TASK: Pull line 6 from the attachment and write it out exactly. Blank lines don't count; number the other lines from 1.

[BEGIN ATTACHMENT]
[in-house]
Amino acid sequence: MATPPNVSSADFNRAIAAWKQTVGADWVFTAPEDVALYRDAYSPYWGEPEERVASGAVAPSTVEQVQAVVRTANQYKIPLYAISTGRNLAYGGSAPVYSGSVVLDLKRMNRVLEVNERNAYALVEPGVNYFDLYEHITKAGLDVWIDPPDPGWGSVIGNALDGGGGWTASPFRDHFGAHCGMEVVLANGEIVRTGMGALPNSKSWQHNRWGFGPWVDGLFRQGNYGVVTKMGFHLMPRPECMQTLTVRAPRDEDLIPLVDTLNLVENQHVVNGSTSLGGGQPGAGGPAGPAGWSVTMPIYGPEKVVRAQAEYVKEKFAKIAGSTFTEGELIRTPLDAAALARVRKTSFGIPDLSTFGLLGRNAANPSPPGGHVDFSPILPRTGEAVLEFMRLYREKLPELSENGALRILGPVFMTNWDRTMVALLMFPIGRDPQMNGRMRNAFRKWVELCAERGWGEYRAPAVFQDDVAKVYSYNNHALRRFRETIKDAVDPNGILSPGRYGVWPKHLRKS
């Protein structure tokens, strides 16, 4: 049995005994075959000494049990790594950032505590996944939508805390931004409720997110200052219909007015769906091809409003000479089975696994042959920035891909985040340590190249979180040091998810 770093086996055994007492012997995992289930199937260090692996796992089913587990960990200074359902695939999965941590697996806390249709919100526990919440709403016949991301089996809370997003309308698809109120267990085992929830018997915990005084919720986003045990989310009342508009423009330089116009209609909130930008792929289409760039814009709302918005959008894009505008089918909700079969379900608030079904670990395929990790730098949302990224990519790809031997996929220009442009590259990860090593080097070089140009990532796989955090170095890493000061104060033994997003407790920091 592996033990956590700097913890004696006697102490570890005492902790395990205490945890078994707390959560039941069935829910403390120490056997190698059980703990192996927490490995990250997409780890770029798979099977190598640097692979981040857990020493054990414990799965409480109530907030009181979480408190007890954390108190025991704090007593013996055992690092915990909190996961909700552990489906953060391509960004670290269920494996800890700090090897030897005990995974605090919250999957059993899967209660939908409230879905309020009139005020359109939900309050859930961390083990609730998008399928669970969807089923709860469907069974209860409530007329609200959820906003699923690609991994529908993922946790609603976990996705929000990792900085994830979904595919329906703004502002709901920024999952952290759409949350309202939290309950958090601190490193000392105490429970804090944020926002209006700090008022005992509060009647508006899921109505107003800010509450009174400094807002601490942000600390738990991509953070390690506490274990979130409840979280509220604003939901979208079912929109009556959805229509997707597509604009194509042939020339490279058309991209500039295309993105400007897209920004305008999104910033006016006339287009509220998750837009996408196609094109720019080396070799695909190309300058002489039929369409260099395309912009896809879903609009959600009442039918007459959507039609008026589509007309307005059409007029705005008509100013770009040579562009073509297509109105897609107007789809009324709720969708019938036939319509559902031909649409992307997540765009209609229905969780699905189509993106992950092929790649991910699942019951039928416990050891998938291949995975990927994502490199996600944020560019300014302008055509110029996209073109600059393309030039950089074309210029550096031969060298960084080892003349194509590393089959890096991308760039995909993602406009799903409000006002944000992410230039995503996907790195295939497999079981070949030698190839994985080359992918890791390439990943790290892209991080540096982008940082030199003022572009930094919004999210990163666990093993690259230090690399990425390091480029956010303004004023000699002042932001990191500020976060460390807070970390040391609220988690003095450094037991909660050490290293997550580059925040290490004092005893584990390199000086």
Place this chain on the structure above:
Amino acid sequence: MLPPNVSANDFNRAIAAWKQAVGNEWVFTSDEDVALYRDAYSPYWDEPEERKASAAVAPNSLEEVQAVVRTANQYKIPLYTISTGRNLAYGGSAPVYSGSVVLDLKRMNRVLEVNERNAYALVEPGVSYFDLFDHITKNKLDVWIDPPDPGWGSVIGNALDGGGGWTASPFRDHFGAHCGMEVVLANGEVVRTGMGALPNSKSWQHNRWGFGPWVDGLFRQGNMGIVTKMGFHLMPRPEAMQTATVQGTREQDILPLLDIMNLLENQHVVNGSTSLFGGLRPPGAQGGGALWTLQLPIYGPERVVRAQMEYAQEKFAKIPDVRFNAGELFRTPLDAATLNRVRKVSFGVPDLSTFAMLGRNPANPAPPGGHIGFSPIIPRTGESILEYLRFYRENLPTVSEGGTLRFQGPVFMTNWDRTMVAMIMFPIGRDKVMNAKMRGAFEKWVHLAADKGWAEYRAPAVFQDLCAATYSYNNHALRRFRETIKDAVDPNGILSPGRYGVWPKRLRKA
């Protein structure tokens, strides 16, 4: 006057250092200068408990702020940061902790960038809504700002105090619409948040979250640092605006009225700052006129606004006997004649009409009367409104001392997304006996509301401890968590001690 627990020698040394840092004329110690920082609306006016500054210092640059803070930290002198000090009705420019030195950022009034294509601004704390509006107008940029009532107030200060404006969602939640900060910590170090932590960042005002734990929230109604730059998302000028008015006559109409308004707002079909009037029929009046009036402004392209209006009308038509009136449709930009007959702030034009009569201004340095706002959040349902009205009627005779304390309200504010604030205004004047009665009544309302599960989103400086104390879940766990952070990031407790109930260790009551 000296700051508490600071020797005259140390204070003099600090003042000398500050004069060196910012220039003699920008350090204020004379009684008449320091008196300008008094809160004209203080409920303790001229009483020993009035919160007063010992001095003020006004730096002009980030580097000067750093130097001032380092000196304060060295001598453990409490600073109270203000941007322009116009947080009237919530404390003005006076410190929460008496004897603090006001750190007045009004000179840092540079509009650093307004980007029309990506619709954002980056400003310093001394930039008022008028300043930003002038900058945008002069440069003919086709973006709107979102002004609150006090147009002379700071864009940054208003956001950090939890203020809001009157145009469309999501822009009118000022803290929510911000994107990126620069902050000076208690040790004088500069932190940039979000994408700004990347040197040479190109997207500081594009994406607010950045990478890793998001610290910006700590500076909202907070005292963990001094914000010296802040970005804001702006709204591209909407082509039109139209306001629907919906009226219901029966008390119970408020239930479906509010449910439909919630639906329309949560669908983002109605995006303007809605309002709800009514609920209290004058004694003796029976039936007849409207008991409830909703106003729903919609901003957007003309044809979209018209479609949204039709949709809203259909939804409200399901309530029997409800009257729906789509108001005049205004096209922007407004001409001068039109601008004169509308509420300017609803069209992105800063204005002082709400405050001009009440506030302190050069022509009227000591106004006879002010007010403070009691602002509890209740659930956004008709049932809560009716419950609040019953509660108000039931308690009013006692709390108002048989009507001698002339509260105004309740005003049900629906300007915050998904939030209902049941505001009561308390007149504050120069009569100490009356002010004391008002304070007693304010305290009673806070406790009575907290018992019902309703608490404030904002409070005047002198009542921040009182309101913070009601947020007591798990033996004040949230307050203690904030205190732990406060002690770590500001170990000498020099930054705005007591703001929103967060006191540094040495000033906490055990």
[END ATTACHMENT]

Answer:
């Protein structure tokens, strides 16, 4: 006057250092200068408990702020940061902790960038809504700002105090619409948040979250640092605006009225700052006129606004006997004649009409009367409104001392997304006996509301401890968590001690 627990020698040394840092004329110690920082609306006016500054210092640059803070930290002198000090009705420019030195950022009034294509601004704390509006107008940029009532107030200060404006969602939640900060910590170090932590960042005002734990929230109604730059998302000028008015006559109409308004707002079909009037029929009046009036402004392209209006009308038509009136449709930009007959702030034009009569201004340095706002959040349902009205009627005779304390309200504010604030205004004047009665009544309302599960989103400086104390879940766990952070990031407790109930260790009551 000296700051508490600071020797005259140390204070003099600090003042000398500050004069060196910012220039003699920008350090204020004379009684008449320091008196300008008094809160004209203080409920303790001229009483020993009035919160007063010992001095003020006004730096002009980030580097000067750093130097001032380092000196304060060295001598453990409490600073109270203000941007322009116009947080009237919530404390003005006076410190929460008496004897603090006001750190007045009004000179840092540079509009650093307004980007029309990506619709954002980056400003310093001394930039008022008028300043930003002038900058945008002069440069003919086709973006709107979102002004609150006090147009002379700071864009940054208003956001950090939890203020809001009157145009469309999501822009009118000022803290929510911000994107990126620069902050000076208690040790004088500069932190940039979000994408700004990347040197040479190109997207500081594009994406607010950045990478890793998001610290910006700590500076909202907070005292963990001094914000010296802040970005804001702006709204591209909407082509039109139209306001629907919906009226219901029966008390119970408020239930479906509010449910439909919630639906329309949560669908983002109605995006303007809605309002709800009514609920209290004058004694003796029976039936007849409207008991409830909703106003729903919609901003957007003309044809979209018209479609949204039709949709809203259909939804409200399901309530029997409800009257729906789509108001005049205004096209922007407004001409001068039109601008004169509308509420300017609803069209992105800063204005002082709400405050001009009440506030302190050069022509009227000591106004006879002010007010403070009691602002509890209740659930956004008709049932809560009716419950609040019953509660108000039931308690009013006692709390108002048989009507001698002339509260105004309740005003049900629906300007915050998904939030209902049941505001009561308390007149504050120069009569100490009356002010004391008002304070007693304010305290009673806070406790009575907290018992019902309703608490404030904002409070005047002198009542921040009182309101913070009601947020007591798990033996004040949230307050203690904030205190732990406060002690770590500001170990000498020099930054705005007591703001929103967060006191540094040495000033906490055990």